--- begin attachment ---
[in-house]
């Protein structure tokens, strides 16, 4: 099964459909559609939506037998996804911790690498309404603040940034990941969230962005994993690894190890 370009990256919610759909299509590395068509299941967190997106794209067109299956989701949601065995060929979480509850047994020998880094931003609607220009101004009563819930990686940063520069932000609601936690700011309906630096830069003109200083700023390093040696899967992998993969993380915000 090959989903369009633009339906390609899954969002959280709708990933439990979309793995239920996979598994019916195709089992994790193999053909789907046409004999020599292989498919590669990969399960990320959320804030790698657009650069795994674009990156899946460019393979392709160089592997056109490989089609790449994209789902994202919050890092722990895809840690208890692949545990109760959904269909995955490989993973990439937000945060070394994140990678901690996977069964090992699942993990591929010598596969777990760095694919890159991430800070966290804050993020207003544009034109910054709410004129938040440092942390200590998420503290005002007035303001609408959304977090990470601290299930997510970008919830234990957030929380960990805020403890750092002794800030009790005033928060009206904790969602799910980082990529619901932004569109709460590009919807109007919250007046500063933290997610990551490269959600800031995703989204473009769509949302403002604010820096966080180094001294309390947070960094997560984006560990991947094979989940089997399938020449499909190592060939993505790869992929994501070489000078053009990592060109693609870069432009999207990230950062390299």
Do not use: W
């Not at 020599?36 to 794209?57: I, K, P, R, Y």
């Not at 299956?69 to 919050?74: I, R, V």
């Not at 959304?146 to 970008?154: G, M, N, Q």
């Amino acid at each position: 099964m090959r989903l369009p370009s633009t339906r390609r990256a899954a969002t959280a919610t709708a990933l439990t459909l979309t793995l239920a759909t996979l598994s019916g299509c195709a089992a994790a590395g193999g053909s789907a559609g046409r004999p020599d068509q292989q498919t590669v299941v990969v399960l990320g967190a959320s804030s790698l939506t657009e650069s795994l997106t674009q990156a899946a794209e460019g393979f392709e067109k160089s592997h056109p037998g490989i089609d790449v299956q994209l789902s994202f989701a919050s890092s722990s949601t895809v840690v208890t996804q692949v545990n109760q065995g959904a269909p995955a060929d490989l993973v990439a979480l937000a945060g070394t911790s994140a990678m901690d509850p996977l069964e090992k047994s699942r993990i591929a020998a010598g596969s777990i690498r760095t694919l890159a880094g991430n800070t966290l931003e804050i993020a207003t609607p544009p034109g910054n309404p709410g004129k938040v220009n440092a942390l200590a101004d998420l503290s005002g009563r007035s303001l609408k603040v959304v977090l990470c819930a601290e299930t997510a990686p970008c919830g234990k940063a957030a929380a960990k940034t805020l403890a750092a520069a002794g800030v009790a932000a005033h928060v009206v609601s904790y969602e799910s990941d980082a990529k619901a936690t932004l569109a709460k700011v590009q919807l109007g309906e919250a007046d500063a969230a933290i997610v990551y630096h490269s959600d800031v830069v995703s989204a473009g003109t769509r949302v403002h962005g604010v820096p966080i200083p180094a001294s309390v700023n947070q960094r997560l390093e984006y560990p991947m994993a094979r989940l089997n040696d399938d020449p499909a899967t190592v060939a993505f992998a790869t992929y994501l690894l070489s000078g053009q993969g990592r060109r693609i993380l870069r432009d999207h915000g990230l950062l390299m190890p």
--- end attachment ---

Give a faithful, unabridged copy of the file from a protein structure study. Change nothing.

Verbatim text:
[in-house]
């Protein structure tokens, strides 16, 4: 099964459909559609939506037998996804911790690498309404603040940034990941969230962005994993690894190890 370009990256919610759909299509590395068509299941967190997106794209067109299956989701949601065995060929979480509850047994020998880094931003609607220009101004009563819930990686940063520069932000609601936690700011309906630096830069003109200083700023390093040696899967992998993969993380915000 090959989903369009633009339906390609899954969002959280709708990933439990979309793995239920996979598994019916195709089992994790193999053909789907046409004999020599292989498919590669990969399960990320959320804030790698657009650069795994674009990156899946460019393979392709160089592997056109490989089609790449994209789902994202919050890092722990895809840690208890692949545990109760959904269909995955490989993973990439937000945060070394994140990678901690996977069964090992699942993990591929010598596969777990760095694919890159991430800070966290804050993020207003544009034109910054709410004129938040440092942390200590998420503290005002007035303001609408959304977090990470601290299930997510970008919830234990957030929380960990805020403890750092002794800030009790005033928060009206904790969602799910980082990529619901932004569109709460590009919807109007919250007046500063933290997610990551490269959600800031995703989204473009769509949302403002604010820096966080180094001294309390947070960094997560984006560990991947094979989940089997399938020449499909190592060939993505790869992929994501070489000078053009990592060109693609870069432009999207990230950062390299």
Do not use: W
């Not at 020599?36 to 794209?57: I, K, P, R, Y």
């Not at 299956?69 to 919050?74: I, R, V």
């Not at 959304?146 to 970008?154: G, M, N, Q």
């Amino acid at each position: 099964m090959r989903l369009p370009s633009t339906r390609r990256a899954a969002t959280a919610t709708a990933l439990t459909l979309t793995l239920a759909t996979l598994s019916g299509c195709a089992a994790a590395g193999g053909s789907a559609g046409r004999p020599d068509q292989q498919t590669v299941v990969v399960l990320g967190a959320s804030s790698l939506t657009e650069s795994l997106t674009q990156a899946a794209e460019g393979f392709e067109k160089s592997h056109p037998g490989i089609d790449v299956q994209l789902s994202f989701a919050s890092s722990s949601t895809v840690v208890t996804q692949v545990n109760q065995g959904a269909p995955a060929d490989l993973v990439a979480l937000a945060g070394t911790s994140a990678m901690d509850p996977l069964e090992k047994s699942r993990i591929a020998a010598g596969s777990i690498r760095t694919l890159a880094g991430n800070t966290l931003e804050i993020a207003t609607p544009p034109g910054n309404p709410g004129k938040v220009n440092a942390l200590a101004d998420l503290s005002g009563r007035s303001l609408k603040v959304v977090l990470c819930a601290e299930t997510a990686p970008c919830g234990k940063a957030a929380a960990k940034t805020l403890a750092a520069a002794g800030v009790a932000a005033h928060v009206v609601s904790y969602e799910s990941d980082a990529k619901a936690t932004l569109a709460k700011v590009q919807l109007g309906e919250a007046d500063a969230a933290i997610v990551y630096h490269s959600d800031v830069v995703s989204a473009g003109t769509r949302v403002h962005g604010v820096p966080i200083p180094a001294s309390v700023n947070q960094r997560l390093e984006y560990p991947m994993a094979r989940l089997n040696d399938d020449p499909a899967t190592v060939a993505f992998a790869t992929y994501l690894l070489s000078g053009q993969g990592r060109r693609i993380l870069r432009d999207h915000g990230l950062l390299m190890p």